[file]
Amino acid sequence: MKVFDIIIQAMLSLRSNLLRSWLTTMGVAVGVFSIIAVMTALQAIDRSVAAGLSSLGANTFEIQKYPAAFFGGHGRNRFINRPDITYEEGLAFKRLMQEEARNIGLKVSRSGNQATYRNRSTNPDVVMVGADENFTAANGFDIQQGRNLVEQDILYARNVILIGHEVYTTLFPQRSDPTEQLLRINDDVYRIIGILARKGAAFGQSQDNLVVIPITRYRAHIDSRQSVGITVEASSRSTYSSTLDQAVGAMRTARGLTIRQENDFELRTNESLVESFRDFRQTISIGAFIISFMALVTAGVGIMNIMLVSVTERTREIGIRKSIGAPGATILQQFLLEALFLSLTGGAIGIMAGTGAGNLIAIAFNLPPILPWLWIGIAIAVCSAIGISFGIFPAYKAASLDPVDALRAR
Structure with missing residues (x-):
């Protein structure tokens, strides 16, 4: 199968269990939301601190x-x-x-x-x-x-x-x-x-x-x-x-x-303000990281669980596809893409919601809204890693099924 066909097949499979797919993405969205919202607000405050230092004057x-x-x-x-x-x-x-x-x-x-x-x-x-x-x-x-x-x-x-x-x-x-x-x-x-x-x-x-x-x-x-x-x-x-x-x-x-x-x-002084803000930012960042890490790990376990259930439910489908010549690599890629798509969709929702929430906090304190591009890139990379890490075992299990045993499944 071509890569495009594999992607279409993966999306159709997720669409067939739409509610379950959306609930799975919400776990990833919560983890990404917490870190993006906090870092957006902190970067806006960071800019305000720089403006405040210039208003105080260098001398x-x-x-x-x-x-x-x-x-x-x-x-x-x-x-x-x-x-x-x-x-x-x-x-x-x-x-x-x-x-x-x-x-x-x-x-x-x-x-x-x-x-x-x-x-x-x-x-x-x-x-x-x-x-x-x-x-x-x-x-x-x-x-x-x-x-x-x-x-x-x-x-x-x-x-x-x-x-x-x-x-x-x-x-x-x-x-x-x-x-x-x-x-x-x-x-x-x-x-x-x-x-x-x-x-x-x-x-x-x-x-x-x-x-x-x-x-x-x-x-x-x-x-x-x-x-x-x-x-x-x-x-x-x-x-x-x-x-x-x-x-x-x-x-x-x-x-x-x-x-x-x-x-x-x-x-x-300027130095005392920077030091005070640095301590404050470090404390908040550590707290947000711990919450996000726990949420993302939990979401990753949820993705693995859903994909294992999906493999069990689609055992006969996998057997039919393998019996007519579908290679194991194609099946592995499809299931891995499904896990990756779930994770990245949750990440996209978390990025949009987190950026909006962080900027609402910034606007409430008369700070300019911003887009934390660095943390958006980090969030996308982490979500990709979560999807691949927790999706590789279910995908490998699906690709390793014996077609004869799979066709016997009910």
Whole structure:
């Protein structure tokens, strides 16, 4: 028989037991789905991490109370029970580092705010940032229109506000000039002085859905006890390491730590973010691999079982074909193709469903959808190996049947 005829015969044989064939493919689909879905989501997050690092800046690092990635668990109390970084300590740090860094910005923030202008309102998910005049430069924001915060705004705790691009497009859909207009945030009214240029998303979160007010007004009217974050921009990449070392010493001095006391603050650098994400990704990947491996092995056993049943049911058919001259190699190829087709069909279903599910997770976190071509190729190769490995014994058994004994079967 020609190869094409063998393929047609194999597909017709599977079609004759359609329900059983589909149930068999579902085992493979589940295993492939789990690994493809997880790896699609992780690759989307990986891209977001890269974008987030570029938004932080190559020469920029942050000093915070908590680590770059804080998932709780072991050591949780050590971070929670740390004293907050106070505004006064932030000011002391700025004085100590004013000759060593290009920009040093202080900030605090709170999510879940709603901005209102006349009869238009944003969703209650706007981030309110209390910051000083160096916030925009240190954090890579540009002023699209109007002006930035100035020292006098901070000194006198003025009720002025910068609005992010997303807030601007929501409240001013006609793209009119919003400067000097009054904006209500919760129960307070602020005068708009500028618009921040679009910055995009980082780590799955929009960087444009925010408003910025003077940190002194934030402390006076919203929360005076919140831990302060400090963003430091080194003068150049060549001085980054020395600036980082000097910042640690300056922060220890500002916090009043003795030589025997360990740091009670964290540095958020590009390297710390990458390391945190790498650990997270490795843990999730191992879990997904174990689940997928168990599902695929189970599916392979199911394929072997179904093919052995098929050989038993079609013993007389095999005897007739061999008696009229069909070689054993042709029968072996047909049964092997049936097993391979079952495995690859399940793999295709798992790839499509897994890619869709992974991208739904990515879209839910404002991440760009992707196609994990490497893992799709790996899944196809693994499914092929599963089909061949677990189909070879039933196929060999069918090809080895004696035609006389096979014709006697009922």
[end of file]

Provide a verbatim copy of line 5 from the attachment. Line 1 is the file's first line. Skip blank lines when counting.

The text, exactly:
């Protein structure tokens, strides 16, 4: 028989037991789905991490109370029970580092705010940032229109506000000039002085859905006890390491730590973010691999079982074909193709469903959808190996049947 005829015969044989064939493919689909879905989501997050690092800046690092990635668990109390970084300590740090860094910005923030202008309102998910005049430069924001915060705004705790691009497009859909207009945030009214240029998303979160007010007004009217974050921009990449070392010493001095006391603050650098994400990704990947491996092995056993049943049911058919001259190699190829087709069909279903599910997770976190071509190729190769490995014994058994004994079967 020609190869094409063998393929047609194999597909017709599977079609004759359609329900059983589909149930068999579902085992493979589940295993492939789990690994493809997880790896699609992780690759989307990986891209977001890269974008987030570029938004932080190559020469920029942050000093915070908590680590770059804080998932709780072991050591949780050590971070929670740390004293907050106070505004006064932030000011002391700025004085100590004013000759060593290009920009040093202080900030605090709170999510879940709603901005209102006349009869238009944003969703209650706007981030309110209390910051000083160096916030925009240190954090890579540009002023699209109007002006930035100035020292006098901070000194006198003025009720002025910068609005992010997303807030601007929501409240001013006609793209009119919003400067000097009054904006209500919760129960307070602020005068708009500028618009921040679009910055995009980082780590799955929009960087444009925010408003910025003077940190002194934030402390006076919203929360005076919140831990302060400090963003430091080194003068150049060549001085980054020395600036980082000097910042640690300056922060220890500002916090009043003795030589025997360990740091009670964290540095958020590009390297710390990458390391945190790498650990997270490795843990999730191992879990997904174990689940997928168990599902695929189970599916392979199911394929072997179904093919052995098929050989038993079609013993007389095999005897007739061999008696009229069909070689054993042709029968072996047909049964092997049936097993391979079952495995690859399940793999295709798992790839499509897994890619869709992974991208739904990515879209839910404002991440760009992707196609994990490497893992799709790996899944196809693994499914092929599963089909061949677990189909070879039933196929060999069918090809080895004696035609006389096979014709006697009922």